Appeals can be made if procedures were not followed properly, the awarding organisation made an administrative error or the school made an unreasonable exercise of academic judgement in the choice of evidence used to support your grades. 

The deadline for non-priority exam board appeals is September 17.

If you’re still unhappy with the outcome of an appeal, you can contact the Examinations Procedures Review Service (EPRS), which is provided by exam board regulator, Ofqual. 

Alternatively, students will also be offered the opportunity to re-sit their exams in the autumn.

On what grounds can I appeal my grade?

There must be a belief that an error has been made, whether this is administrative (for example, an incorrect grade being submitted) or a failure to correctly apply a procedure (such as not following policy or not taking mitigating circumstances into account).

According to guidance from The Joint Council for Qualifications (JCQ) “Requests for appeals on the grounds of academic judgement (unreasonableness) will only be considered by awarding organisations and not by centres” − that is, the centre is only able to check for administrative errors, while allegations of unfairness can only be considered by exam boards.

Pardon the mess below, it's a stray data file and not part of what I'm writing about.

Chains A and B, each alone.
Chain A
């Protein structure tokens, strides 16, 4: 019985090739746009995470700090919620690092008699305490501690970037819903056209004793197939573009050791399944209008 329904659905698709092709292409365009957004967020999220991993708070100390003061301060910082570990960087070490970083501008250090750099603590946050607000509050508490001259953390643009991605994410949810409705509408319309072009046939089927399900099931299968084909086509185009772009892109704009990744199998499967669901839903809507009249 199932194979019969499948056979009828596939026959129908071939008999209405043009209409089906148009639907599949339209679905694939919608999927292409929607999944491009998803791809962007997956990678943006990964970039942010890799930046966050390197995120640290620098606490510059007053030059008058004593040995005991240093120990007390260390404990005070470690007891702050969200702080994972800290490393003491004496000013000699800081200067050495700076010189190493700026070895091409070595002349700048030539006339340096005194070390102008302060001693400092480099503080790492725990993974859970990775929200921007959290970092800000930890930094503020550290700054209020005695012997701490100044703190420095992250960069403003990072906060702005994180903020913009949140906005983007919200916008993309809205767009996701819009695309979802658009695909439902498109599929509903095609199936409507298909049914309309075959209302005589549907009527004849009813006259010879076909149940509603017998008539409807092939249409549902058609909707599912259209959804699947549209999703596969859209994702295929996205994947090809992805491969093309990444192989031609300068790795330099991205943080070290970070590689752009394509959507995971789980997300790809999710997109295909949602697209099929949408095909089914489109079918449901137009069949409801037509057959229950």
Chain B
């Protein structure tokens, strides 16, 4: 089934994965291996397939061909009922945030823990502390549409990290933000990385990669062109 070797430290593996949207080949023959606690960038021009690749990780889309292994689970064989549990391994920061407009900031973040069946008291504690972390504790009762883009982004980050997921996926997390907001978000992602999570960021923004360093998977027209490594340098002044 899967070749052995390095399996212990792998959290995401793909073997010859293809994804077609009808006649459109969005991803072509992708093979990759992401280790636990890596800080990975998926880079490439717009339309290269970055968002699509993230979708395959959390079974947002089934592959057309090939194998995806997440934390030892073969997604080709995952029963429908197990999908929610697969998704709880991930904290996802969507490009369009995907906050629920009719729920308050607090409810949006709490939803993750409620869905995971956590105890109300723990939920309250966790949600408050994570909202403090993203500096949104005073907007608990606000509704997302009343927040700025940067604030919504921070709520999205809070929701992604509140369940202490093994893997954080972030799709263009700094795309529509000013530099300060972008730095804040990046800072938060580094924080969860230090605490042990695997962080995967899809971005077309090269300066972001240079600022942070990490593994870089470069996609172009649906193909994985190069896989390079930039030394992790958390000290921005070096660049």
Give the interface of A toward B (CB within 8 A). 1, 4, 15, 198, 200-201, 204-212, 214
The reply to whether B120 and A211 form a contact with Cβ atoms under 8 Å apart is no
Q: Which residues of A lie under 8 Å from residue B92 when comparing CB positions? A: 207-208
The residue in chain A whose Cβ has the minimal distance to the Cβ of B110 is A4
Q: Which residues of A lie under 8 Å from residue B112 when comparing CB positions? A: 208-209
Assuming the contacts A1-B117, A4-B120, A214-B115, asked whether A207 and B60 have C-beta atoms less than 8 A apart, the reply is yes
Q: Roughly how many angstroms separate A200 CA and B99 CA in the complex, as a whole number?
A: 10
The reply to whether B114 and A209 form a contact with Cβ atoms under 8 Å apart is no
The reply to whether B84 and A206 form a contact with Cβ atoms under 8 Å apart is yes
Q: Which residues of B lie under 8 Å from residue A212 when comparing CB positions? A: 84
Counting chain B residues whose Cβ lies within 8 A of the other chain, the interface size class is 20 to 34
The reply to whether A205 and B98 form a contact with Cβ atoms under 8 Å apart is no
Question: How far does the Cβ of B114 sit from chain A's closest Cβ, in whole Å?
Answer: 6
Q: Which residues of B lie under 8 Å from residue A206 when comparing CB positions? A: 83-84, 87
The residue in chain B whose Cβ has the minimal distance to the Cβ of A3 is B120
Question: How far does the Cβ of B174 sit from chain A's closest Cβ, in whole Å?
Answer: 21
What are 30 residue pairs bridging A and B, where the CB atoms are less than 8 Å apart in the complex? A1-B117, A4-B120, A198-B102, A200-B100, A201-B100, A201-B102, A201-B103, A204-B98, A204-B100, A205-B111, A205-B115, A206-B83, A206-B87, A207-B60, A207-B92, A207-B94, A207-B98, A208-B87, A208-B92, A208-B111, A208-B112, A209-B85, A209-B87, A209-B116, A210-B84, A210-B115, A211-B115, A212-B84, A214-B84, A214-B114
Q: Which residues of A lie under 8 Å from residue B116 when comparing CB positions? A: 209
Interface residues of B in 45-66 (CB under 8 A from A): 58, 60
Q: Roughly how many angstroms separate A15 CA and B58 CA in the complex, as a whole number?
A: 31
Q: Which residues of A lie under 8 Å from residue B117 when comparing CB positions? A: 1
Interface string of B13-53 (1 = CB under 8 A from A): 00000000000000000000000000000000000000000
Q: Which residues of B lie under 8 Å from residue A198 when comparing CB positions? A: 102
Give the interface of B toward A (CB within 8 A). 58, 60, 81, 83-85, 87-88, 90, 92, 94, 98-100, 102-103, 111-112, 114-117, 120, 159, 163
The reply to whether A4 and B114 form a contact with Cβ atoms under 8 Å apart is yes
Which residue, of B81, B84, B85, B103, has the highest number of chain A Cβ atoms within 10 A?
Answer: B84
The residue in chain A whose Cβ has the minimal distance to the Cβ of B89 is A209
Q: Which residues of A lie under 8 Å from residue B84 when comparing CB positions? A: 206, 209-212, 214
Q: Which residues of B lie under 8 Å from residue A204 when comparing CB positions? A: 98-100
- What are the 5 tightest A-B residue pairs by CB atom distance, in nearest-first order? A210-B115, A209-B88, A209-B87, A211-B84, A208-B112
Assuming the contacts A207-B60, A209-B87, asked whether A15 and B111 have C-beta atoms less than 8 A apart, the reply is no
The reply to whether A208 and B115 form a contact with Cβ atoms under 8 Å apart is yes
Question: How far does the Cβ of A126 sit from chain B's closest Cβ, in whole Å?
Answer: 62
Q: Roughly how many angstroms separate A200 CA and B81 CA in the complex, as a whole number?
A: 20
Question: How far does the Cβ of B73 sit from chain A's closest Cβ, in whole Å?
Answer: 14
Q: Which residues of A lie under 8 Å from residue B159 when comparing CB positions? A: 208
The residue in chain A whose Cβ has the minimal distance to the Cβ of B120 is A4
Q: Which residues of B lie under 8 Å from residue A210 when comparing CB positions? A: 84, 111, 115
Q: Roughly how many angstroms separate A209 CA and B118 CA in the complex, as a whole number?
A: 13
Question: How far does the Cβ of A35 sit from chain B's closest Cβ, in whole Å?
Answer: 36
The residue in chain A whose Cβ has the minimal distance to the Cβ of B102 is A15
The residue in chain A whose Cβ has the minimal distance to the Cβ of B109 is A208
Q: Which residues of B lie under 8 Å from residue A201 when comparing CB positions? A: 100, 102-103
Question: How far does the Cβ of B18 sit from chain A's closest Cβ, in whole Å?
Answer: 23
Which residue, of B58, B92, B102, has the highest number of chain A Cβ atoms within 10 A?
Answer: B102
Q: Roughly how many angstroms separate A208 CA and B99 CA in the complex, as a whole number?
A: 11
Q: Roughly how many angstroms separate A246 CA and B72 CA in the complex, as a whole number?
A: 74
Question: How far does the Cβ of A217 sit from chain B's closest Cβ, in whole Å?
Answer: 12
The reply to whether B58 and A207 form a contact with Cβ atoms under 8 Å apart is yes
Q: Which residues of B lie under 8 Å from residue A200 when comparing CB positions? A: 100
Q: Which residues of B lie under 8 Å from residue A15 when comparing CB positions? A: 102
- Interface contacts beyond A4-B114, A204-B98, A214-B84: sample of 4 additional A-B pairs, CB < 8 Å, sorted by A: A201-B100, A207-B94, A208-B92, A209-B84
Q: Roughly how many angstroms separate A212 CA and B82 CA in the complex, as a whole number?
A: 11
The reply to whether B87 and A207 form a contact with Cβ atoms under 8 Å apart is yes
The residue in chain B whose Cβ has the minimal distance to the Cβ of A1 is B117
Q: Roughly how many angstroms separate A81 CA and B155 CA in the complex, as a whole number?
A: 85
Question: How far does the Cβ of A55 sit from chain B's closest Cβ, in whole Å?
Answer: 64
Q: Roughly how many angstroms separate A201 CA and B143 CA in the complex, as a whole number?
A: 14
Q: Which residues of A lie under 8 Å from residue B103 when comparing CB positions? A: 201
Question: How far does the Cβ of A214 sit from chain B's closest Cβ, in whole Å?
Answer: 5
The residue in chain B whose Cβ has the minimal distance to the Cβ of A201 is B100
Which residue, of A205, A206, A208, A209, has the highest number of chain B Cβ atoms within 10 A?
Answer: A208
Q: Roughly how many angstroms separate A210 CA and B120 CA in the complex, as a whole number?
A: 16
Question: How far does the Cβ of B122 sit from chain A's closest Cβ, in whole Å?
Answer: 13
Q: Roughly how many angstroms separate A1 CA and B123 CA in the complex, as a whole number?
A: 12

What do I need to appeal my grade?

Students have the right to certain documentation to support their request for a review. Their school or college must provide them with:

  • Their policy
  • The evidence (coursework or other) on which the student’s grades were based, as well as the associated grades themselves
  • Information about disruptions to learning that may have had a bearing on the assessed evidence
  • Information about any circumstances that may have impacted the grade, including mitigating circumstances

How much does appealing a grade cost?

Ordinarily, a student would have to ask their school to apply to and pay an exam board for an appeal; the fee would be refunded if the grade was altered by this process.